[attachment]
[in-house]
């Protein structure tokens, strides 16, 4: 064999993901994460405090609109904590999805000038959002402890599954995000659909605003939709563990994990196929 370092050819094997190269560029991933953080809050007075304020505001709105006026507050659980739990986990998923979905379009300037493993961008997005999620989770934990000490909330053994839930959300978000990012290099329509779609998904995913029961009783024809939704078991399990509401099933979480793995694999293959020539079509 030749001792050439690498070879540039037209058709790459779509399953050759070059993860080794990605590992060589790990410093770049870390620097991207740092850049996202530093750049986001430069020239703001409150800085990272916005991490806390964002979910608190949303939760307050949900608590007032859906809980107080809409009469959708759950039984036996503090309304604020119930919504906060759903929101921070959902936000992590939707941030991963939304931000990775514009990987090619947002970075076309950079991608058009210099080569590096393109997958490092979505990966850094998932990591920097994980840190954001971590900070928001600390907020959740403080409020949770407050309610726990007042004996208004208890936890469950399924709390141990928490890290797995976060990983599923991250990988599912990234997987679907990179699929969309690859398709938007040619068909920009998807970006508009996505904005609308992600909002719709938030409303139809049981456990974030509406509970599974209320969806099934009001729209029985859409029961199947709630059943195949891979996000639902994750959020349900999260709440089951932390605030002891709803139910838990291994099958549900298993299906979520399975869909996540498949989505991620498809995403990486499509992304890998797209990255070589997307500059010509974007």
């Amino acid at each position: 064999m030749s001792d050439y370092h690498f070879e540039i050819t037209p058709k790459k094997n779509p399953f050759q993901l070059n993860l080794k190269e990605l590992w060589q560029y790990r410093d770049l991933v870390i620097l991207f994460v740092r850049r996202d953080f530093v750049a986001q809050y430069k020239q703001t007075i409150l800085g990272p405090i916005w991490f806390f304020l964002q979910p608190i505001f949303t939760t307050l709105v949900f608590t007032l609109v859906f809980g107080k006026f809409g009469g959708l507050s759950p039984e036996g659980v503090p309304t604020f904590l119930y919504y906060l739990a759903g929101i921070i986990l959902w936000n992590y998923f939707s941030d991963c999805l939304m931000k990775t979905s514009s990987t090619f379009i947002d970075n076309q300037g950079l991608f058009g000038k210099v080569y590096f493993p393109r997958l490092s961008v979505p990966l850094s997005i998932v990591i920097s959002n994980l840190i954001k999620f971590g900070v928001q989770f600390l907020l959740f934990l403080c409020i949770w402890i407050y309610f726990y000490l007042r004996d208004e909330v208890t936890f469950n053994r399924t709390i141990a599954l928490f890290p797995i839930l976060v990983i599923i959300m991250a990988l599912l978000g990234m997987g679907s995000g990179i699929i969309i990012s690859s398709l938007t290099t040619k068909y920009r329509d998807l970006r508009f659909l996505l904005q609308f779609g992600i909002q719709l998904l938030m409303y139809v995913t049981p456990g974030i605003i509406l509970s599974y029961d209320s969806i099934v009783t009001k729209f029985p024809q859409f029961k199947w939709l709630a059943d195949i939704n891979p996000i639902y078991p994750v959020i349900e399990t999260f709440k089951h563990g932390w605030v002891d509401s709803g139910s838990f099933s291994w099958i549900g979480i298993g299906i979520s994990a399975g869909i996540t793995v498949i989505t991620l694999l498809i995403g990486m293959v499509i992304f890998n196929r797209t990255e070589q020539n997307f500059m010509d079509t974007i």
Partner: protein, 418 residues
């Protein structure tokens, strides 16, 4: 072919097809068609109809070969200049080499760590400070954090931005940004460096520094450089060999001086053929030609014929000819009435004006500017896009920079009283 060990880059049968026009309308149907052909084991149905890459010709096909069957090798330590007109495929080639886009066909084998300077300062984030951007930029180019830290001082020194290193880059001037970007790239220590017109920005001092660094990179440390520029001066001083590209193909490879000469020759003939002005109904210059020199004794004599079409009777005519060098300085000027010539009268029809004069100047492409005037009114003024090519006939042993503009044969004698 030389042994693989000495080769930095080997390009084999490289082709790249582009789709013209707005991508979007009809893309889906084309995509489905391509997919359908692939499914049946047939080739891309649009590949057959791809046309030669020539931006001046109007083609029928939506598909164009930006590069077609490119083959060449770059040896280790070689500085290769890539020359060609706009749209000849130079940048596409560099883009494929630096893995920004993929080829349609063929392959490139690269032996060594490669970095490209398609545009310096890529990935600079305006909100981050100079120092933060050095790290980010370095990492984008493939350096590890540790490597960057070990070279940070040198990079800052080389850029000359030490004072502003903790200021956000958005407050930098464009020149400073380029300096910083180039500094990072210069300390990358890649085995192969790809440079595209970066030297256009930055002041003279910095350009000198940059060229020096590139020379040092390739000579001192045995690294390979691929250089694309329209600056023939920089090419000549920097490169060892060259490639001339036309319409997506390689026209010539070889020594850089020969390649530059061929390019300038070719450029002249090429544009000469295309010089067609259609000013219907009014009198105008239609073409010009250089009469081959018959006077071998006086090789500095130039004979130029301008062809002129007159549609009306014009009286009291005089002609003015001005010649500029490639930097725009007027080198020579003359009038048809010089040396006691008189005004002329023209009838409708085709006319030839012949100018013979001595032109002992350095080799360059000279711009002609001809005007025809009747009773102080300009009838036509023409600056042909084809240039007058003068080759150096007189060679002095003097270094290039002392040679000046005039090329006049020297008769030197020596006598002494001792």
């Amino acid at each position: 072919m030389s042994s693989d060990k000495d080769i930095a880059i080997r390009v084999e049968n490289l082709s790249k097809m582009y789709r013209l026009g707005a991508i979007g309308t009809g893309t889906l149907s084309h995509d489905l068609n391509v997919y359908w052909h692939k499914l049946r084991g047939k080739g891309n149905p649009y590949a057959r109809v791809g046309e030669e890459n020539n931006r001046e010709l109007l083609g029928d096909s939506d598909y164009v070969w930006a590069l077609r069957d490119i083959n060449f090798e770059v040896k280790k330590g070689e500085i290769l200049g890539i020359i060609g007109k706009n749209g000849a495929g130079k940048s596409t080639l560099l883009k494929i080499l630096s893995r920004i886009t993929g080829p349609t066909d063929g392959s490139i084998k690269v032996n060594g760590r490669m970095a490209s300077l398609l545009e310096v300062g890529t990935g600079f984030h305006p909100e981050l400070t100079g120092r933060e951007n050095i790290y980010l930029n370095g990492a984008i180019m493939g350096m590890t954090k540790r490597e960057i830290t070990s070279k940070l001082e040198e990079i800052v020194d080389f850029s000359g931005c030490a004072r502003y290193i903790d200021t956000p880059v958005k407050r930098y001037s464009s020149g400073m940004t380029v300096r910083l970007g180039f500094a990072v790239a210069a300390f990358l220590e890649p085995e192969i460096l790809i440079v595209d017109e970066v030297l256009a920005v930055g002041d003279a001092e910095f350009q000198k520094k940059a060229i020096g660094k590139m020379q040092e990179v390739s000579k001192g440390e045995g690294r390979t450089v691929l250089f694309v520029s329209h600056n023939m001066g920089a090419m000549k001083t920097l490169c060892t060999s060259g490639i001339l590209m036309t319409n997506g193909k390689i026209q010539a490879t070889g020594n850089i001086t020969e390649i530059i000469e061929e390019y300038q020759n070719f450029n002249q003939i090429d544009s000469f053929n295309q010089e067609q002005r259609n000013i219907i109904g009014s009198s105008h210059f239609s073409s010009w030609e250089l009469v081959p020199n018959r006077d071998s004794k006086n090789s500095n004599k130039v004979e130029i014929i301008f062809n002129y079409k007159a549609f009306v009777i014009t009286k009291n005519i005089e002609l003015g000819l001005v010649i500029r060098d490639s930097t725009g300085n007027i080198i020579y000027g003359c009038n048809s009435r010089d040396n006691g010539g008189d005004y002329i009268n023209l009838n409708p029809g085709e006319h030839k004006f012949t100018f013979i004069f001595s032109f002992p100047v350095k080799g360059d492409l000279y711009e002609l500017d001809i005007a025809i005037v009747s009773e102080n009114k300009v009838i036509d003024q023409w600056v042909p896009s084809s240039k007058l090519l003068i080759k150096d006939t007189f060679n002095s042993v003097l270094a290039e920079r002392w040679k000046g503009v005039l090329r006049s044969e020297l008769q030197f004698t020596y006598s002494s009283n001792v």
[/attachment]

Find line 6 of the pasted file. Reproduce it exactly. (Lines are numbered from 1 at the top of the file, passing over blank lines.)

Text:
């Amino acid at each position: 072919m030389s042994s693989d060990k000495d080769i930095a880059i080997r390009v084999e049968n490289l082709s790249k097809m582009y789709r013209l026009g707005a991508i979007g309308t009809g893309t889906l149907s084309h995509d489905l068609n391509v997919y359908w052909h692939k499914l049946r084991g047939k080739g891309n149905p649009y590949a057959r109809v791809g046309e030669e890459n020539n931006r001046e010709l109007l083609g029928d096909s939506d598909y164009v070969w930006a590069l077609r069957d490119i083959n060449f090798e770059v040896k280790k330590g070689e500085i290769l200049g890539i020359i060609g007109k706009n749209g000849a495929g130079k940048s596409t080639l560099l883009k494929i080499l630096s893995r920004i886009t993929g080829p349609t066909d063929g392959s490139i084998k690269v032996n060594g760590r490669m970095a490209s300077l398609l545009e310096v300062g890529t990935g600079f984030h305006p909100e981050l400070t100079g120092r933060e951007n050095i790290y980010l930029n370095g990492a984008i180019m493939g350096m590890t954090k540790r490597e960057i830290t070990s070279k940070l001082e040198e990079i800052v020194d080389f850029s000359g931005c030490a004072r502003y290193i903790d200021t956000p880059v958005k407050r930098y001037s464009s020149g400073m940004t380029v300096r910083l970007g180039f500094a990072v790239a210069a300390f990358l220590e890649p085995e192969i460096l790809i440079v595209d017109e970066v030297l256009a920005v930055g002041d003279a001092e910095f350009q000198k520094k940059a060229i020096g660094k590139m020379q040092e990179v390739s000579k001192g440390e045995g690294r390979t450089v691929l250089f694309v520029s329209h600056n023939m001066g920089a090419m000549k001083t920097l490169c060892t060999s060259g490639i001339l590209m036309t319409n997506g193909k390689i026209q010539a490879t070889g020594n850089i001086t020969e390649i530059i000469e061929e390019y300038q020759n070719f450029n002249q003939i090429d544009s000469f053929n295309q010089e067609q002005r259609n000013i219907i109904g009014s009198s105008h210059f239609s073409s010009w030609e250089l009469v081959p020199n018959r006077d071998s004794k006086n090789s500095n004599k130039v004979e130029i014929i301008f062809n002129y079409k007159a549609f009306v009777i014009t009286k009291n005519i005089e002609l003015g000819l001005v010649i500029r060098d490639s930097t725009g300085n007027i080198i020579y000027g003359c009038n048809s009435r010089d040396n006691g010539g008189d005004y002329i009268n023209l009838n409708p029809g085709e006319h030839k004006f012949t100018f013979i004069f001595s032109f002992p100047v350095k080799g360059d492409l000279y711009e002609l500017d001809i005007a025809i005037v009747s009773e102080n009114k300009v009838i036509d003024q023409w600056v042909p896009s084809s240039k007058l090519l003068i080759k150096d006939t007189f060679n002095s042993v003097l270094a290039e920079r002392w040679k000046g503009v005039l090329r006049s044969e020297l008769q030197f004698t020596y006598s002494s009283n001792v």